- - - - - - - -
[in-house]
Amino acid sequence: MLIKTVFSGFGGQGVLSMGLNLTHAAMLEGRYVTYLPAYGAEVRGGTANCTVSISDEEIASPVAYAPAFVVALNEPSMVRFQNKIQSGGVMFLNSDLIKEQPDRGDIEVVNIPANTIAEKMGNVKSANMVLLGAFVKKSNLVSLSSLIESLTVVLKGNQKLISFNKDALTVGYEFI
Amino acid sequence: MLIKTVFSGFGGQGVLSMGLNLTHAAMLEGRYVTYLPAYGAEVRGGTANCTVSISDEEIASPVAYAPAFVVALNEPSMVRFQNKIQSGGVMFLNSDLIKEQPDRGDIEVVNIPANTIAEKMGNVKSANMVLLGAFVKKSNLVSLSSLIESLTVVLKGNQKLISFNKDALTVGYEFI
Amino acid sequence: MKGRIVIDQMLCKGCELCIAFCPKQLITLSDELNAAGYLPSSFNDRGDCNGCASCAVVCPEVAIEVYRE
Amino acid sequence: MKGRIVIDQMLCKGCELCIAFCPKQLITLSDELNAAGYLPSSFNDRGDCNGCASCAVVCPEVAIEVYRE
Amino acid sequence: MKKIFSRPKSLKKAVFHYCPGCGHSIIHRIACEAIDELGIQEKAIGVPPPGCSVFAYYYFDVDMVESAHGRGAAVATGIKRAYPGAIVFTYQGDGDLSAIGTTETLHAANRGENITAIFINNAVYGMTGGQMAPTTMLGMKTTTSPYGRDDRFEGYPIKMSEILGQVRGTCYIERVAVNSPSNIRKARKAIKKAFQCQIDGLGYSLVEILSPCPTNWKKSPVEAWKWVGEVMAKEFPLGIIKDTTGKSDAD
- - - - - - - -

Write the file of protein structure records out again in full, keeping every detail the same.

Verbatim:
[in-house]
Amino acid sequence: MLIKTVFSGFGGQGVLSMGLNLTHAAMLEGRYVTYLPAYGAEVRGGTANCTVSISDEEIASPVAYAPAFVVALNEPSMVRFQNKIQSGGVMFLNSDLIKEQPDRGDIEVVNIPANTIAEKMGNVKSANMVLLGAFVKKSNLVSLSSLIESLTVVLKGNQKLISFNKDALTVGYEFI
Amino acid sequence: MLIKTVFSGFGGQGVLSMGLNLTHAAMLEGRYVTYLPAYGAEVRGGTANCTVSISDEEIASPVAYAPAFVVALNEPSMVRFQNKIQSGGVMFLNSDLIKEQPDRGDIEVVNIPANTIAEKMGNVKSANMVLLGAFVKKSNLVSLSSLIESLTVVLKGNQKLISFNKDALTVGYEFI
Amino acid sequence: MKGRIVIDQMLCKGCELCIAFCPKQLITLSDELNAAGYLPSSFNDRGDCNGCASCAVVCPEVAIEVYRE
Amino acid sequence: MKGRIVIDQMLCKGCELCIAFCPKQLITLSDELNAAGYLPSSFNDRGDCNGCASCAVVCPEVAIEVYRE
Amino acid sequence: MKKIFSRPKSLKKAVFHYCPGCGHSIIHRIACEAIDELGIQEKAIGVPPPGCSVFAYYYFDVDMVESAHGRGAAVATGIKRAYPGAIVFTYQGDGDLSAIGTTETLHAANRGENITAIFINNAVYGMTGGQMAPTTMLGMKTTTSPYGRDDRFEGYPIKMSEILGQVRGTCYIERVAVNSPSNIRKARKAIKKAFQCQIDGLGYSLVEILSPCPTNWKKSPVEAWKWVGEVMAKEFPLGIIKDTTGKSDAD